3. The Invisible Exhibitor
Even if your show is profitable, it might be in danger. Almost everyone involved in the
trade show industry can think of once successful and invincible shows that have disappeared
without a trace. What makes the difference between shows that grow and survive long term
and those that limp along or fade away?
One contributing factor might be how well components of a show (i.e., organizers,
exhibitors, and attendees) function together as an ecosystem.
Show organizers who pay attention largely to quantitative factors might be unaware of
qualitative problems with the exhibitor experience. These problems can be early indicators of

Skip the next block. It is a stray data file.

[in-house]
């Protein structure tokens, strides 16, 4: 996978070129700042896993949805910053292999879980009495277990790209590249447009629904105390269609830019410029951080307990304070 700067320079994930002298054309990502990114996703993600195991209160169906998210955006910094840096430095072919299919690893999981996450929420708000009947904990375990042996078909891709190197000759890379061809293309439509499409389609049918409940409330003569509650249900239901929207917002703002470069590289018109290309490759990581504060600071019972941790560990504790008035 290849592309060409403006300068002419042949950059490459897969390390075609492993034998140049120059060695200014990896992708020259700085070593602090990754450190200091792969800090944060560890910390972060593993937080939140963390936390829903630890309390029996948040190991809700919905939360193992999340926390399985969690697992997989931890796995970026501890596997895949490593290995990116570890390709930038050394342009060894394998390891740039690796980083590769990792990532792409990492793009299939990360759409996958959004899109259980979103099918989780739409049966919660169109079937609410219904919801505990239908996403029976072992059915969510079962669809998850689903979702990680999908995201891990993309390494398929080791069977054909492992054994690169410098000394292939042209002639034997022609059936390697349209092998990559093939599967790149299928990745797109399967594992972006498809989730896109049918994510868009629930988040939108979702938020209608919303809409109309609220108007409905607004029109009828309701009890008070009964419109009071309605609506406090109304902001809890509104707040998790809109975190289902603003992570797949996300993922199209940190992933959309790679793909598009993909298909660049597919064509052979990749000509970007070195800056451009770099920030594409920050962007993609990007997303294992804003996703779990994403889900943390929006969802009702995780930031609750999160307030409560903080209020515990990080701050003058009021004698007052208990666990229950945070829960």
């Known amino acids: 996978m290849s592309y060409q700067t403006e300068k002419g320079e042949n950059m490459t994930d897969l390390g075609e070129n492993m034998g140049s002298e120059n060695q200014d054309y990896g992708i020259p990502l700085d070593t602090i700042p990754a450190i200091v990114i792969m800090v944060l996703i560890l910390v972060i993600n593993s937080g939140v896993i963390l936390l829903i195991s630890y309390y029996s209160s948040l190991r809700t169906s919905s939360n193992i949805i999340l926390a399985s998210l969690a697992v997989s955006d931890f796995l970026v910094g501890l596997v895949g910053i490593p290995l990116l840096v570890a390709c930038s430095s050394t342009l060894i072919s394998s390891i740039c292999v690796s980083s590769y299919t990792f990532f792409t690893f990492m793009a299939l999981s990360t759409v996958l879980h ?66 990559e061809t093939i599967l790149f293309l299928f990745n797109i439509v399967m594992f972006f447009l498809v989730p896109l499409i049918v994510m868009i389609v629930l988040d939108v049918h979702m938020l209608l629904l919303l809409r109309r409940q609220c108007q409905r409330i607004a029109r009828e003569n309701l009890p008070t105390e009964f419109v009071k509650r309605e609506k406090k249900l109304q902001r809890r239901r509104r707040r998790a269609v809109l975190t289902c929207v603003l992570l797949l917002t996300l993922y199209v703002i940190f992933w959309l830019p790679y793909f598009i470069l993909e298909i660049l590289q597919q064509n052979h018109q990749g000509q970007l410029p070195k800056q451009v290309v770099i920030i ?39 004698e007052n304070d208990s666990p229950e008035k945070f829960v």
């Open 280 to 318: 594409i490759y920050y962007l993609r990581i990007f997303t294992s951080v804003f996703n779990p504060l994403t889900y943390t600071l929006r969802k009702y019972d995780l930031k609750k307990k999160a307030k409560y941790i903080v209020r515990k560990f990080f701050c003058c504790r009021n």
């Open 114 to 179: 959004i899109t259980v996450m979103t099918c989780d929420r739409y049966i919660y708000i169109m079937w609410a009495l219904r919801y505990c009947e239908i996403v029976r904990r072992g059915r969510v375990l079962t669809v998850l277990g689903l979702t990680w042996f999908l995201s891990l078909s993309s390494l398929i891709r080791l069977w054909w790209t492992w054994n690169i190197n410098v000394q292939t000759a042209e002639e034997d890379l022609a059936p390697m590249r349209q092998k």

imbalance that could affect the success and survival of their show.
Exhibitors want experiences, services, and tools that are efficient, reliable, and predictable,
but they’re forced to use systems that seem set up to encourage failure.
They are forced to play by many different sets of seemingly arbitrary and constantly changing
rules, plus foot the bill for errors and inefficiencies caused by other people.
Exhibitors feel taken advantage of, rather than valued, and would choose other ways of
attracting customers and marketing products if they could.
Shows that do not provide a superior experience in the human dimension might become
increasingly at risk as other venues make it easier for exhibitors to reach their target audience.
These include online tools not only for advertising, but also for demonstrating products and
forging communities and connections.
Knowing what to look for and pay attention to regarding the exhibitor experience, and
knowing how to address breakpoints in that experience, can have an effect on the long-term
viability of a show.